First published June 2010
by Dominik Weber, Senior Software Architect for Guidance Software, Inc.
My co-worker did isolate some sector differences between the individual acquisitions. She found out that it was a series of sectors located in “Unallocated Clusters”.
While looking at the real sector data it changed every time the sector refreshed. It was a series of hex patterns like “44 00”; sometimes they would change to “40 00”, “18 00” or “00 00”
Then we used a disk editor to read the same sector and the same behavior persisted. Same results with other tools. On different computers.
I then paused and thought about the way most flash drives are created. A controller chip sits on the USB bus and communicates with the host machine and the actual flash storage chip. The flash storage chip is usually a flat, thin rectangular chip with a series of pins on both sides. Some flash drives have more than one such flash chip.
The controller is responsible for performing the actual sector writes/reads. Should the write switch be set to “read only” mode at device insertion time, the controller would tell the host that this drive is read-only and ignore / fail out write requests. The host on the other hand then would use this bit of information in the file system driver and mount the drive in read-only mode.
For instance the $Log file on improperly dismounted (“dirty”) NTFS drives would not be processed in order to roll back partial transactions.
Furthermore, the controller usually drives a LED to show disk activity and that the device actually is plugged in.
In order to perform sector reads, the sector number must be mapped to an area of the flash chip. This is similar to the way that physical memory pages get mapped to virtual memory in a running process.
The associated address for the to be read sector gets put on the address bus (which is connected to one set of the pins of the flash chip) and once the signal stabilizes on the address bus the chip select line for the flash gets activated. Then the data is being read off.
It is important for the voltage levels to stabilize in order to reliably read from the chip. Chips have spec sheets where these times, voltage levels and access patterns get described in detail. It is possible to exceed these specifications but then system instability might occur (as when people overclock their computer too much).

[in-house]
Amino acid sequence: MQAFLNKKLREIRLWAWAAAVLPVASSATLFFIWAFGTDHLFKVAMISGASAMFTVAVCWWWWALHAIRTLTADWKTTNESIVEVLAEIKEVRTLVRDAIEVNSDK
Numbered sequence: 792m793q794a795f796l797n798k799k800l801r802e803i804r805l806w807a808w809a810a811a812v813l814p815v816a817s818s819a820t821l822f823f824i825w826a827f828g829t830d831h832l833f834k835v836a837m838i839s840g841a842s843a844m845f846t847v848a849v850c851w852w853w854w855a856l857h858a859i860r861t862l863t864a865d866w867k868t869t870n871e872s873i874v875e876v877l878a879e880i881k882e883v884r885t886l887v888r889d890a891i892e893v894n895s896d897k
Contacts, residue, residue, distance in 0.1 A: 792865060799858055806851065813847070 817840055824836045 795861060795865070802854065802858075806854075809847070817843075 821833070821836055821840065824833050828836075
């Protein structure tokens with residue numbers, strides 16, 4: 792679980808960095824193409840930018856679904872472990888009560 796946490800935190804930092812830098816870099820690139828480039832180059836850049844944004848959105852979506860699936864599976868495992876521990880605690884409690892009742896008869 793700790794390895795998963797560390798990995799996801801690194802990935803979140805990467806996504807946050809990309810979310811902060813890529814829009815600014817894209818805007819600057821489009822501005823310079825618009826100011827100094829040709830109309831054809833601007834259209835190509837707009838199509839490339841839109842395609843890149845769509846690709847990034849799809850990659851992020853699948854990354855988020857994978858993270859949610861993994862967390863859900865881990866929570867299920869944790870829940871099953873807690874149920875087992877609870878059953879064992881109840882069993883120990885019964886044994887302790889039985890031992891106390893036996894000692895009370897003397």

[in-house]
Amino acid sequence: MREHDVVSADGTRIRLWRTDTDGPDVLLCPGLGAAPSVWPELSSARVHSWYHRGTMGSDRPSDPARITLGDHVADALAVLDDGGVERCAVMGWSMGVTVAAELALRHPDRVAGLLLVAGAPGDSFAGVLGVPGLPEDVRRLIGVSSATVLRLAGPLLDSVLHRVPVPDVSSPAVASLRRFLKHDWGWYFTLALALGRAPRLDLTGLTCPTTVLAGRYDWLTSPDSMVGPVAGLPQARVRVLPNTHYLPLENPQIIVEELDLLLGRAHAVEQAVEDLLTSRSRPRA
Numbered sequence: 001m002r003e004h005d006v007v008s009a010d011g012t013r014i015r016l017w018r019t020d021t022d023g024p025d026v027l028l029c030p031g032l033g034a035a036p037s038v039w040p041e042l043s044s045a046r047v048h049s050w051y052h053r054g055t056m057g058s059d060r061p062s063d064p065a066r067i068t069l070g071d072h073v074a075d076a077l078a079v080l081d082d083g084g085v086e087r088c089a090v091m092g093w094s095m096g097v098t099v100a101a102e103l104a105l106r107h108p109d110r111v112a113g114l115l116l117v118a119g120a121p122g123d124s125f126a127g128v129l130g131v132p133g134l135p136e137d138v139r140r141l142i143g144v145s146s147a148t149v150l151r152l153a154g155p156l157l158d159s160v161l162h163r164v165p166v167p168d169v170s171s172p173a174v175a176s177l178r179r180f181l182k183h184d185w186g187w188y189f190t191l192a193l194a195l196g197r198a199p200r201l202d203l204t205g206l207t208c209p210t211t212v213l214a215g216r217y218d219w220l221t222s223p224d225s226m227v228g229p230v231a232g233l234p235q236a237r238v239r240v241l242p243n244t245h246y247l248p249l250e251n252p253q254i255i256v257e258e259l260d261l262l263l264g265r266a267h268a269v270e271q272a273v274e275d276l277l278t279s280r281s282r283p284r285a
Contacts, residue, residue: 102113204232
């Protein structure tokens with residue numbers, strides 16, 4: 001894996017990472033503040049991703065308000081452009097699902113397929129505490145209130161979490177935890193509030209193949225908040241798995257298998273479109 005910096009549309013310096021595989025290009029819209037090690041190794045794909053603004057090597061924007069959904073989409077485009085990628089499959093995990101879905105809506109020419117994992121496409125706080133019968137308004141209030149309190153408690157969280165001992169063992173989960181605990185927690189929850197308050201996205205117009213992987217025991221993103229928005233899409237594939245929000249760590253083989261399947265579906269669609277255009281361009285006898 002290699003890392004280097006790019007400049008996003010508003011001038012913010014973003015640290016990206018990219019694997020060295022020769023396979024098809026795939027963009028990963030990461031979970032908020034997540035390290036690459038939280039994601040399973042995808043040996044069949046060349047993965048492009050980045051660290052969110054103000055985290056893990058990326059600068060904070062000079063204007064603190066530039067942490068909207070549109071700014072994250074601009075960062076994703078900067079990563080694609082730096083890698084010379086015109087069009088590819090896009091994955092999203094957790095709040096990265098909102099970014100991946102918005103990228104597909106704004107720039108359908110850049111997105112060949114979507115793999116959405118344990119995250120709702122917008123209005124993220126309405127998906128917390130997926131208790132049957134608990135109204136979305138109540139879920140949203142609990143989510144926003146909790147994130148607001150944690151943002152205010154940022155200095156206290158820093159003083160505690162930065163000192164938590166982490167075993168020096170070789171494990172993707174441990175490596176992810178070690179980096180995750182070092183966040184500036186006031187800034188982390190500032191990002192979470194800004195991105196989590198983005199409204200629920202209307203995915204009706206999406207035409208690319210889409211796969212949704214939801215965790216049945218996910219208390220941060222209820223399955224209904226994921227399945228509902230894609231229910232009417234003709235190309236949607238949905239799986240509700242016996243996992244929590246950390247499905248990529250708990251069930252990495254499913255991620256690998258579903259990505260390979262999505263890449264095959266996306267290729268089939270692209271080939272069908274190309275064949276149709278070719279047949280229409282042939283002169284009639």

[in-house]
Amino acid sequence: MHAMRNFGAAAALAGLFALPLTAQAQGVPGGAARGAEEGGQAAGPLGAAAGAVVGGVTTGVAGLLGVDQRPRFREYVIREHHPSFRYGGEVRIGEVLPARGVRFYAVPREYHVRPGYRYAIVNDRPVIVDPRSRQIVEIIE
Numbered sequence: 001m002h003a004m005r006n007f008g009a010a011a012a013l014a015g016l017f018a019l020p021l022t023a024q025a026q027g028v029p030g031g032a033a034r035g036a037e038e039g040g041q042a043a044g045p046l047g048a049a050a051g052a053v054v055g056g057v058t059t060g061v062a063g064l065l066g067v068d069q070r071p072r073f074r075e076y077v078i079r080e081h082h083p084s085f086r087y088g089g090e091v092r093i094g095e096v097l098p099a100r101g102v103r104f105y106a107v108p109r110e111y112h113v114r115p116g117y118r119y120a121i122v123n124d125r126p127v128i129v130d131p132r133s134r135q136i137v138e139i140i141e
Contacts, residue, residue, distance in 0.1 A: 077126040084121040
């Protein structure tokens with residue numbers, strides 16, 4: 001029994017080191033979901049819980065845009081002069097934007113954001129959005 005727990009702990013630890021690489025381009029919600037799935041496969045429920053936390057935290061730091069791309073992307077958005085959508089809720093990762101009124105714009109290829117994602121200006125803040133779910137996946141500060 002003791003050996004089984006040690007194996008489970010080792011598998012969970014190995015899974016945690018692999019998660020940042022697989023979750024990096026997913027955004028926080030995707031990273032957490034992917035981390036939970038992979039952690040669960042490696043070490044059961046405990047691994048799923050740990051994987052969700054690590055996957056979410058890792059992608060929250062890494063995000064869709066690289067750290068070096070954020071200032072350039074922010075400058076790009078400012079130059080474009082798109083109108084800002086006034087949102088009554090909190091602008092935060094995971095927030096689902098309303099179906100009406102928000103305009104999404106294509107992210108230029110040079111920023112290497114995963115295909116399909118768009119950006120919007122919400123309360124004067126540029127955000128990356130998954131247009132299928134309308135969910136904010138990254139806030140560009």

Another factor is that bits of flash chips only have a limited number of writes before that bit gets “stuck”. Unfortunately many file systems predated these chips and do have write patterns that will include frequent writes to the same sector; usually for meta data, last mount times, read times and such.
That is why most of the controllers implement wear-leveling schemes in order to more equally distribute the writes across the whole flash chip in order to extend the total life time of the device.
There are two main strategies in use – dynamic and static wear-leveling.
This particular device was using dynamic wear-leveling, by which the number of times that a particular block of flash memory had been written to was being stored in a look-up table along with the address of the block.
After opening the device it was determined that the controller of that particular flash drive was “UT 165” and had a single flash chip. It seems that the chip select bit was stored along with the address bits and write count for a particular block of sectors. For an unused sector all of these bits were zero, meaning that the flash chip’s data lines were electrically disconnected (tri-state). This effectively turns the data lines into small antennas that can pick up electromagnetic noise. Due to the routing of the data lines some bits were more susceptible to this noise than others. While this is normally not problematic when the flash chip is providing a stable voltage level, in this unselected state these bit patterns were read at random.
This would only happen on sectors that had NEVER been written to, thus only appearing in unallocated space and not cause any other issues.
When acquiring from certain flash drives that employ wear-leveling, it depends on the controller’s firmware if unwritten sectors could get random reads. It would be interesting to see if the emerging SSDs would exert similar behavior.
Furthermore the readout and subsequent analysis of the sector to block lookup tables would yield interesting side-band information and could be used to speed up acquisitions since the contents of never written blocks of sectors could be set to zero or ignored.
Of further note, the UT 165 controller is a high-speed USB 2.0 compatible chip that supports password-protected partitions and other enhanced features and forensic research of this and similar devices would be quite interesting.
This theory was tested by writing to one such sector and these random reads did not appear again, which would be consistent with the theory above.
In conclusion, this was a very interesting journey from the high level of drive acquisitions through firmware and chip specifications to signal theory.
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Dominik Weber is a Senior Software Architect for Guidance Software, Inc. He has a Masters of Computer Science from the University of Karlsruhe, Germany and worked for video game companies (Activision) and on computer animation / motion-capture projects (Jay Jay the Jet Plane) before joining Guidance Software in 2001. He can be reached at firstname.lastname@example.org
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